The New Freedom: Living with Hope, Skepticism and Irony

The New Freedom: Living with Hope, Skepticism and Irony

I must, at this point, become an ironist myself and point to the opposite conclusion that is articulated in the second half of the sentence Theroux quotes from Erikson: does the counterpointing of opposite potentialities instead let a civilization “disintegrate into mere contradiction.” (Theroux, 2011, p. 86). Theroux soon turns to the fundamental question: “what did all the contradictions [in Estonia], never mind the pain, lead to? Are [the Estonians] the weaker for it or stronger? Were they stimulated by it all or simply subdues? More importantly, is the nation now a vital and progressive body, growing by the day, or a white elephant?” (Theroux, 2011, p. 86) Though I am inclined to believe that Estonians have effectively handled the contradictions, Theroux’s questions must remain unanswered.

I am unwilling, however, to halt my analysis at this point—leaving us without any affirmation regarding the way(s) in which irony interplays with freedom and helps to determine a nation’s future. Is the country of Estonia vital and progressive or a white elephant? There might be an answer to Therouz’s questions, that is offered in a general manner by Rorty—who replaces the modern notion of enduring truth (a dualist frame) with a utopian thought in its continually evolving form (Rorty, 1989, p. xvi):

A historicist and nominalist culture of the sort I envisage would settle . . . for narratives which connect the present with the past, on the one hand, and with utopian futures, on the other. More importantly, it would regard the realization of utopias, and the envisaging of still further utopias, as an endless process—an endless, proliferating realization of Freedom, rather than a convergence toward an already existing Truth.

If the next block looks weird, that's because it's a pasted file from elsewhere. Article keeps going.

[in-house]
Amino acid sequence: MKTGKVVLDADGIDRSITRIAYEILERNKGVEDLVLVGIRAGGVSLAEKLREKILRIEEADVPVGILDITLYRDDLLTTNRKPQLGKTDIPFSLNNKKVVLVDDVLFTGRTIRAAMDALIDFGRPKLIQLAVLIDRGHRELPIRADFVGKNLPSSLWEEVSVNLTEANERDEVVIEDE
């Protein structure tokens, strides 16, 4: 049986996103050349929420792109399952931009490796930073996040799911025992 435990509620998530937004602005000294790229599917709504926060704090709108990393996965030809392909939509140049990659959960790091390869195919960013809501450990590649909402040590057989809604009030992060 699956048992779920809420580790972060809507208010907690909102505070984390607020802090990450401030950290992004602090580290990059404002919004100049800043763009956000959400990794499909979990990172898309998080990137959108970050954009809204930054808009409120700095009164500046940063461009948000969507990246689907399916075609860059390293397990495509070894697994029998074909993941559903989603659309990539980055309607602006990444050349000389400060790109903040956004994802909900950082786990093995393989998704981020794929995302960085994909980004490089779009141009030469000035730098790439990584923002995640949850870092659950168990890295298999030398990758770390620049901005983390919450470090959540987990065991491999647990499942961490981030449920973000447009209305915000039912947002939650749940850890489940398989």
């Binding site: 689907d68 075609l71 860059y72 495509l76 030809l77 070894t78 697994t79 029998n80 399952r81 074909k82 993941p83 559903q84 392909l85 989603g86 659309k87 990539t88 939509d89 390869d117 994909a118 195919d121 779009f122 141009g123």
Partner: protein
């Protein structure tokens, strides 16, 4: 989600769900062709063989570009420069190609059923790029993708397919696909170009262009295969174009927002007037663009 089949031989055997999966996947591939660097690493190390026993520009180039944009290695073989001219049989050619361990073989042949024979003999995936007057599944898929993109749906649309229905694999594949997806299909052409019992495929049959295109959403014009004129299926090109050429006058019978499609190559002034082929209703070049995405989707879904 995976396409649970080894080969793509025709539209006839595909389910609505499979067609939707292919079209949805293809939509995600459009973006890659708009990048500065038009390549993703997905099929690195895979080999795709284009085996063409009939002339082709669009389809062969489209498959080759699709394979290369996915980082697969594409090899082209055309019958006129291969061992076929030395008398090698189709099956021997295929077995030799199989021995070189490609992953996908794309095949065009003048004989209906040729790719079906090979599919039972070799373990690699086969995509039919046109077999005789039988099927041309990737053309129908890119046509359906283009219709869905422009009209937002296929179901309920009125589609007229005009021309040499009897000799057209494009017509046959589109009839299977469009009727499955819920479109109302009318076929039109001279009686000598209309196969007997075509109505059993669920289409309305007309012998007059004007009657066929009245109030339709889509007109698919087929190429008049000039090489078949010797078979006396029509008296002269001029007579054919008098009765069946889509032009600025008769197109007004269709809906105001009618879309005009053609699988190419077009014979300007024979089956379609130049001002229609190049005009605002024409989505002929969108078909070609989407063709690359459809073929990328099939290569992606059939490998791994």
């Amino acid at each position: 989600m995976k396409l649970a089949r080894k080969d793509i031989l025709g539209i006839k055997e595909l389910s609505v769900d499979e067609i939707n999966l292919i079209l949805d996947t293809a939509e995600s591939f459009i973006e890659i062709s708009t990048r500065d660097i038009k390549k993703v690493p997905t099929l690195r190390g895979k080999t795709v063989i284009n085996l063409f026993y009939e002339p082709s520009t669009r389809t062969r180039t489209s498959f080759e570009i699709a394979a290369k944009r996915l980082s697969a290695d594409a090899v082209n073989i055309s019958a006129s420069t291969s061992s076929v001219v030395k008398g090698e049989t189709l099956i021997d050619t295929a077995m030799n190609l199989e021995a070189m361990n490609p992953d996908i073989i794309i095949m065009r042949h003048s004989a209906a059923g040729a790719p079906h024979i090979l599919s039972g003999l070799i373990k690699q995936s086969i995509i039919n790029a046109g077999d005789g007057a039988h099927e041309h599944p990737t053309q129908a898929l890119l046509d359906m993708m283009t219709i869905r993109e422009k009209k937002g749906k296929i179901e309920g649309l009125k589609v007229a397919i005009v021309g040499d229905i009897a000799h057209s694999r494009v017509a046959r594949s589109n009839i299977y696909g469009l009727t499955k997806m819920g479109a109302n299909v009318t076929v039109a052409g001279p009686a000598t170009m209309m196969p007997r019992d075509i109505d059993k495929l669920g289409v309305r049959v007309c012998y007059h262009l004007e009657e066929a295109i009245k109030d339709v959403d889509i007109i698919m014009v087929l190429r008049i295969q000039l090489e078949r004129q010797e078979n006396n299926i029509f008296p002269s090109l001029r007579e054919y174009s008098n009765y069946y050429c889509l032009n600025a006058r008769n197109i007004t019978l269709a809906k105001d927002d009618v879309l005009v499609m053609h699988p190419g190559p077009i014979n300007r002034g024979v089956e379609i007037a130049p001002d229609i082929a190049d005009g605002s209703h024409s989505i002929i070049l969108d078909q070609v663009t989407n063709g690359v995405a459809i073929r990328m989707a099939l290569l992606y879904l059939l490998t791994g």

Is Rorty’s utopian vision aligned with what I witnessed in Estonia following the Soviet collapse? What connects the present with the past – and with an envisioned future in the country of Estonia? While I certainly witnessed the regression to a dualistic frame, I also saw the remarkable ability of many Estonians to embrace both hope and skepticism. Without becoming too Pollyanish about the challenging circumstances to be found in Estonia, I found that there was societal “glue” that enabled citizens of this newly independent country to embrace both hope and skepticism. I suggest that this glue was found in the enduring culture of Estonia – and in particular in the music of Estonia. It is remarkable to note at almost any level how music (and related art forms) can hold and convey contradictions and irony – whether it be the bitter-sweet ballad portraying something about lost love, or the heroic anthem of a nation that has lost its sovereignty.

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About the Author

William BergquistWilliam Bergquist, Ph.D. An international coach and consultant in the fields of psychology, management and public administration, author of more than 50 books, and president of a psychology institute. Dr. Bergquist consults on and writes about personal, group, organizational and societal transitions and transformations. His published work ranges from the personal transitions of men and women in their 50s and the struggles of men and women in recovering from strokes to the experiences of freedom among the men and women of Eastern Europe following the collapse of the Soviet Union. In recent years, Bergquist has focused on the processes of organizational coaching. He is coauthor with Agnes Mura of coachbook, co-founder of the International Journal of Coaching in Organizations and co-founder of the International Consortium for Coaching in Organizations.

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